Our hormone levels change throughout our lives and the unique blend of estrogen, progesterone and testosterone affect our mood, weight, food cravings, sex drive and overall wellbeing and quality of life. The balance of estrogen and progesterone seems to be key.
Pollutants, chemicals, diet and modern lifestyle seem to influence this balance and many women are believed to be estrogen dominant. There is a vast amount of popular opinion surrounding estrogen dominance and some medical research has been done but more is needed for a clearer picture of the condition. Women may experience swollen breasts, irritability, cramping, irregular periods, migraines, cysts, weight gain and infertility among other symptoms.
Estrogen dominance is thought to be caused by many different factors including fewer pregnancies and “xenoestrogens” present in foods, chemicals and pollutants. Xenoestrogens are estrogen-like products made outside the body that mimic estrogen when ingested, pushing up our levels while our progesterone levels stay the same or decline. Pesticides, petrochemicals, plastics, detergents, parabens in skincare products and canned foods are thought to contain xenoestrogens. Dr John Lee is one of the earlier researchers into estrogen dominance and notes “In cultures whose diets are rich in fresh vegetables of all sorts, progesterone deficiency does not exist. Likewise, it follows that a general American diet of highly processed and stale foods has a serious deficiency of progesterone while at the same time produces estrogen dominance.”
There are a number of things we can do to reduce estrogen dominance. Choose unprocessed and organic foods. Reduce caffeine and dietary fat but increase fibre; use glass or ceramic containers; wear natural fibres; choose your skincare products carefully to avoid parabens and other nasties; exercise regularly and manage stress. Use simple detergents for laundry and cleaning products and use natural pesticides and herbicides. Some foods can weakly act like estrogen in the body and block the xenoestrogens from having an effect, so are great additions to our diets. These include alfalfa, apples, carrots, cherries, chickpeas, garlic, oats, red clover and sunflower seeds.
Pre-menstrual Syndrome (PMS) is the symptoms women experience just before their period starts. Commonly it includes cramping, diarrhoea, breast tenderness, mood swings and anxiety. To reduce symptoms, reduce salt, sugar and caffeine intake while maintaining a healthy weight and regular exercise. Vitamin B6 from supplements or beans, nuts, legumes and some breads and cereals may help as well as increasing zinc and magnesium levels. Zinc deficiency may show as poor sense of taste or smell, acne, white spots on nails, anorexia, diarrhoea and can be corrected with supplements or eating poultry, seafood, nuts and whole grains. Magnesium deficiency can be identified by muscle cramps or twitches, headaches and restlessness. Dietary sources include legumes, nuts, whole grains and veges.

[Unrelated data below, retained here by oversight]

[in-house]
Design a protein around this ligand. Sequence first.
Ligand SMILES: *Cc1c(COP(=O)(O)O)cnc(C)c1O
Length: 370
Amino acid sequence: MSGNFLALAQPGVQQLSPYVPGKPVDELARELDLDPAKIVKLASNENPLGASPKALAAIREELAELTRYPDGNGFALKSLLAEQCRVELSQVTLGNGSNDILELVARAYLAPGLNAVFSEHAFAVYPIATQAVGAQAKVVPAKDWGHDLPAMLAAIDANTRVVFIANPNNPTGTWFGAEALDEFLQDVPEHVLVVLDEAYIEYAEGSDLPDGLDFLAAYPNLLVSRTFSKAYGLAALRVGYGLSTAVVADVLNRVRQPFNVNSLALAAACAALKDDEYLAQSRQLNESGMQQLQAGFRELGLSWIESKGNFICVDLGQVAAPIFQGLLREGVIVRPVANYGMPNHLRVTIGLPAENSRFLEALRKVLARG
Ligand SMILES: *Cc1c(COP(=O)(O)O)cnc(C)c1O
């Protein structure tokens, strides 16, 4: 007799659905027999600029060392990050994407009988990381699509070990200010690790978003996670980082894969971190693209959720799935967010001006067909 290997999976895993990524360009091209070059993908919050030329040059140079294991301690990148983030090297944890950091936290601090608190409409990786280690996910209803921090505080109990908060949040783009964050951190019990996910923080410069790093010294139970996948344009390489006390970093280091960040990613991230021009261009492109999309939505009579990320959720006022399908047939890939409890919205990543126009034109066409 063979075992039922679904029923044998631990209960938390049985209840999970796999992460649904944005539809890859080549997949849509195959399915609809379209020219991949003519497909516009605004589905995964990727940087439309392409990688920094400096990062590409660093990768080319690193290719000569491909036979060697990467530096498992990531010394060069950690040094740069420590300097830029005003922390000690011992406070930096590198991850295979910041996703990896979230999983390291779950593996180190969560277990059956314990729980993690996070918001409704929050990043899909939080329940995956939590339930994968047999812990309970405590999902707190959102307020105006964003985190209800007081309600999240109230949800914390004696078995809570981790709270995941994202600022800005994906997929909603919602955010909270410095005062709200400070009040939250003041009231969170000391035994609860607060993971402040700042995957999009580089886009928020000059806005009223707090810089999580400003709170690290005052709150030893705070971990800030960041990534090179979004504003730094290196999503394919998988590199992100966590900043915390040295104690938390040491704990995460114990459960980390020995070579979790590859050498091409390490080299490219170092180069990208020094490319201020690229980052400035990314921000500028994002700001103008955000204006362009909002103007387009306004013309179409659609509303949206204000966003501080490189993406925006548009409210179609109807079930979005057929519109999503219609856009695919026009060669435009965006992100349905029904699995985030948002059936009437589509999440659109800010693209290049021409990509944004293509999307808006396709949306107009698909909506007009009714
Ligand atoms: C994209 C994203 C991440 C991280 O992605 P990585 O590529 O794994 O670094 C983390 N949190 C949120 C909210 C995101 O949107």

Peri-menopause occurs through a woman’s late 30’s and 40’s. This can cause mood swings, sensitivity, hot flushes, night sweats and memory problems. At the same time, changes to pituitary, thyroid, adrenal and pancreatic hormones may lead to sugar cravings, anxiety and altered energy levels. As awful as all this sounds, dietary changes can reduce symptoms. Reduce intake of salt, sugar, white flour, caffeine and wine and replace them with low GI foods like whole grains, fruits and veges. Calcium is also important and increase omega-3 intake with oily fish, walnuts and eggs. Regular exercise and reducing stress or managing it effectively will also help.
Menopause is defined as 12 months or more without a menstrual period. The ovaries stop releasing eggs and levels of estrogen and progesterone drop in the body. Women may experience the symptoms of hot flushes, sweating, racing heart, mood swings, sleep problems, vaginal dryness and incontinence. 20% of women experience severe menopause symptoms that can go on for many years. In these cases, you can discuss with your doctor whether hormone replacement therapy may be of benefit to you. The medical recommendation now is that for healthy women suffering debilitating menopausal symptoms, the benefits of HRT significantly outweigh the risks in short term treatment. Herbal remedies may also help and red clover has been shown to relieve symptoms with little side effects. It can take a couple of months to have its best effect and should not be used in women with estrogen sensitive cancers.
Lifestyle changes may also offer relief. Reduce stress and practice relaxation techniques like meditation or a nice walk in the fresh air. Walking and other weight-bearing exercise is good for your bones too. Eat a healthy diet, high in calcium and fibre and keep your weight to a healthy range. Balance your blood sugar levels by eating small amounts often and include protein in each meal. Stop smoking and limit tea, coffee and alcohol. Try a lubricant if vaginal dryness is bothering you and ask for help if you are feeling emotionally distressed.
Our hormones are so complicated and affect all areas of our bodies. Your health professional of choice can order blood tests of hormone levels and help to determine what needs to be addressed.